Advisor(s) - Committee Chair
Roy Miller, William McMahon, Will Fridy
Department of English
Master of Arts
George Meredith's Modern Love deals with a formula for achieving happiness in life by a man whose marriage has failed. His marital breakup serves as a catalyst for the husband's internal journey which, through intense self questionings, leads him to a fuller understanding of himself and his purpose within the harmony of nature. Definite overt action and external events are secondary in the sonnet sequence. Indeed, the major portion of the work is conveyed by images which reveal the husband's developing psychological states. As Lionel Stevenson says of Modern Love in the standard biography of Meredith,
. . . the action is not easy to decipher; and, once deciphered, it sounds like the plot of a conventional "problem" drama. This was merely the framework, however, on which Meredith displayed his interpretation of . . . ethical and psychological issues.1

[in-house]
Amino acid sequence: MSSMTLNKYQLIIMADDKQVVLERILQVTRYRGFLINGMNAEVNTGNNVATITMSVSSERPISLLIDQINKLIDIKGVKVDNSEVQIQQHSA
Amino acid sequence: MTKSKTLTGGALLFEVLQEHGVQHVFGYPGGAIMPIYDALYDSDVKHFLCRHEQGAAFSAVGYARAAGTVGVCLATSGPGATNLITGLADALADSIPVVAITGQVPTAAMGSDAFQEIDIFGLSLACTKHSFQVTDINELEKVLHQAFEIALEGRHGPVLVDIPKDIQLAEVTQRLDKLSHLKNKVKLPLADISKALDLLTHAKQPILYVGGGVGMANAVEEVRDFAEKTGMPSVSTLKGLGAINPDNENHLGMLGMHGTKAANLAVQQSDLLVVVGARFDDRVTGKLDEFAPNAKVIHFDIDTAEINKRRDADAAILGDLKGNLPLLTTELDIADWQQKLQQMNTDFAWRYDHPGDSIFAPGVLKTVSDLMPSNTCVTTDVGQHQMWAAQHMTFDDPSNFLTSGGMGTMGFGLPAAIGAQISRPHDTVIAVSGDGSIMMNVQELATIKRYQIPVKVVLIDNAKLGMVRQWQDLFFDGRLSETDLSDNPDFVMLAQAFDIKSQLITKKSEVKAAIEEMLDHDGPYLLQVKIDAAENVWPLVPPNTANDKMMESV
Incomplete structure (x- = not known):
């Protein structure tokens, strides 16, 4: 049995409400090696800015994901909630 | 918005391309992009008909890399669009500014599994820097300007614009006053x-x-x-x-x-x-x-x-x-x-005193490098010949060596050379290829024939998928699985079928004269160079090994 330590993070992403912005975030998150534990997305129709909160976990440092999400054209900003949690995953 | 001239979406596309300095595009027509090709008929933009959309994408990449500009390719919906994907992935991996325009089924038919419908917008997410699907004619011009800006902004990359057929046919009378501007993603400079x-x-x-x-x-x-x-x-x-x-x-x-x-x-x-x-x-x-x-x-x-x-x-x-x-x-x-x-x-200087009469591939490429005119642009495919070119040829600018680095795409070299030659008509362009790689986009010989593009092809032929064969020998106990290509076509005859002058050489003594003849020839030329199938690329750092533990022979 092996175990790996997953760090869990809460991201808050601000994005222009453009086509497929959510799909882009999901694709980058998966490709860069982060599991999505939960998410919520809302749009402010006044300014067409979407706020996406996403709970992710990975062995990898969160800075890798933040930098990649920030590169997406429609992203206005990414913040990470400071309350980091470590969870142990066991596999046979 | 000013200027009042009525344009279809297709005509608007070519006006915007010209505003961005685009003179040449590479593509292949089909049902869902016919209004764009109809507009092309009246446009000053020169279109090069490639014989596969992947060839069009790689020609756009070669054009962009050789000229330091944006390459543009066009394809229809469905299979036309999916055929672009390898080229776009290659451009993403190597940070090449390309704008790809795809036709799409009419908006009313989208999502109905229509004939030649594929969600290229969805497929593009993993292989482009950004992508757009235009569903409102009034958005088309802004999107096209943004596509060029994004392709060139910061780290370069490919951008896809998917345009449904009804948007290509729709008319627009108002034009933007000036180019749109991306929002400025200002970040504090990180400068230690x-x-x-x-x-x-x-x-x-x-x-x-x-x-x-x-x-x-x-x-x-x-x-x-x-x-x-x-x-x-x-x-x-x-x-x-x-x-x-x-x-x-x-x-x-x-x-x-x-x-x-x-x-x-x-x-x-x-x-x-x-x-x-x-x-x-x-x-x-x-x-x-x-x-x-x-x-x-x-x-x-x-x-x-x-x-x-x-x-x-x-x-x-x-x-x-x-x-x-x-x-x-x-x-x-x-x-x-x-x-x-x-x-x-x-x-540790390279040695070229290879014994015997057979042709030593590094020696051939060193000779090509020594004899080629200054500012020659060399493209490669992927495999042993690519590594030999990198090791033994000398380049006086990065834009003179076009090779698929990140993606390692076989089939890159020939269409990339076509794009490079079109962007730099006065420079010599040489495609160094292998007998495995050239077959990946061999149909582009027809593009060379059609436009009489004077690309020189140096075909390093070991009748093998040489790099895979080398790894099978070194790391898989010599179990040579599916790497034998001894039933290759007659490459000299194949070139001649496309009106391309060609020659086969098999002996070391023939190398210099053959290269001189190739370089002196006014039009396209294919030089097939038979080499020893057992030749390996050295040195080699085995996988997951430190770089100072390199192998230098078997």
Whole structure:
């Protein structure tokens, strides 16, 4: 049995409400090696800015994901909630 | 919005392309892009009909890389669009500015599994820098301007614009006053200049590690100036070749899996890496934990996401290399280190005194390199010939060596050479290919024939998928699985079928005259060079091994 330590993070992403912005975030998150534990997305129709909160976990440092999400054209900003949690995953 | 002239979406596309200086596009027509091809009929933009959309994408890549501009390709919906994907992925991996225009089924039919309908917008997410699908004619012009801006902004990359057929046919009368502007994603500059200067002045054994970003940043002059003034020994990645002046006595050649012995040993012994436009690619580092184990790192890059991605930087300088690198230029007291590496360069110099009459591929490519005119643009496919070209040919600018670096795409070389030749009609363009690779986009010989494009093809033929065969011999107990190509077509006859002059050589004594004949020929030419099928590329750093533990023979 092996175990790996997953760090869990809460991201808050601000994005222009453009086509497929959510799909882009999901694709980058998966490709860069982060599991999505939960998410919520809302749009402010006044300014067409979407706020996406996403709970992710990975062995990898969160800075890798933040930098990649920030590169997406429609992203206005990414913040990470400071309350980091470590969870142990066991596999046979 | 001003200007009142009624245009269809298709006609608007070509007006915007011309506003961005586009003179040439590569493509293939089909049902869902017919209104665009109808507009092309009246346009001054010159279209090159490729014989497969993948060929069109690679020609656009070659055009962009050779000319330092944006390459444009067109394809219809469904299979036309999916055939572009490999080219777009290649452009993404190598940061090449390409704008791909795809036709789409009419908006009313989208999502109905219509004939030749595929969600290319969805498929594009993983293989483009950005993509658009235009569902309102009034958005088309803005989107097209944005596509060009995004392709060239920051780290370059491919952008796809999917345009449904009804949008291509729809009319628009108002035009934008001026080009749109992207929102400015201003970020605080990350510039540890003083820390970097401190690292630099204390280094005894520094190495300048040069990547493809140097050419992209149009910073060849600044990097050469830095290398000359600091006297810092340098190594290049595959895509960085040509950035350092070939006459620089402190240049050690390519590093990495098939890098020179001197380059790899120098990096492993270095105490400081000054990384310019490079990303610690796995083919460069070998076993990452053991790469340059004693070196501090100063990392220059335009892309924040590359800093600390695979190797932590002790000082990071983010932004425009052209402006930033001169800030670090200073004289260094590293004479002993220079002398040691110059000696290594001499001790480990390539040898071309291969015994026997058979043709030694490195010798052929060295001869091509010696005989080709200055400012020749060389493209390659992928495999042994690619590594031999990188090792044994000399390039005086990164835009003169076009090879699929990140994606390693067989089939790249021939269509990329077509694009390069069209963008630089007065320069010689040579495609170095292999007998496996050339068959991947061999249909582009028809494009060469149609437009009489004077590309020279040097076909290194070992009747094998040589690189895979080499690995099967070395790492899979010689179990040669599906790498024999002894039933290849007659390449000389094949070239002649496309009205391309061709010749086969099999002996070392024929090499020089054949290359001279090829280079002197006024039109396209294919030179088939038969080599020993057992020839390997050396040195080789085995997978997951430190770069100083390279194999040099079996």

Modern Love, then, which expresses a vision of reality based upon the interaction of the protagonist's inner consciousness with his external environment, is the vehicle for Meredith's philosophy concerning right--proper--action in life. The husband in the sonnet sequence learns through suffering that man must observe nature, accommodate himself to and accept change, and apply reason to his instinct.
1. Lionel Stevenson, The Ordeal of George Meredith (New York: Charles Scribner's Sons, 1953), p. 104.
Arts and Humanities | English Language and Literature | Literature in English, British Isles
Belden, Beverly, "Imagery in Meredith's Modern Love" (1970). Masters Theses & Specialist Projects. Paper 2125.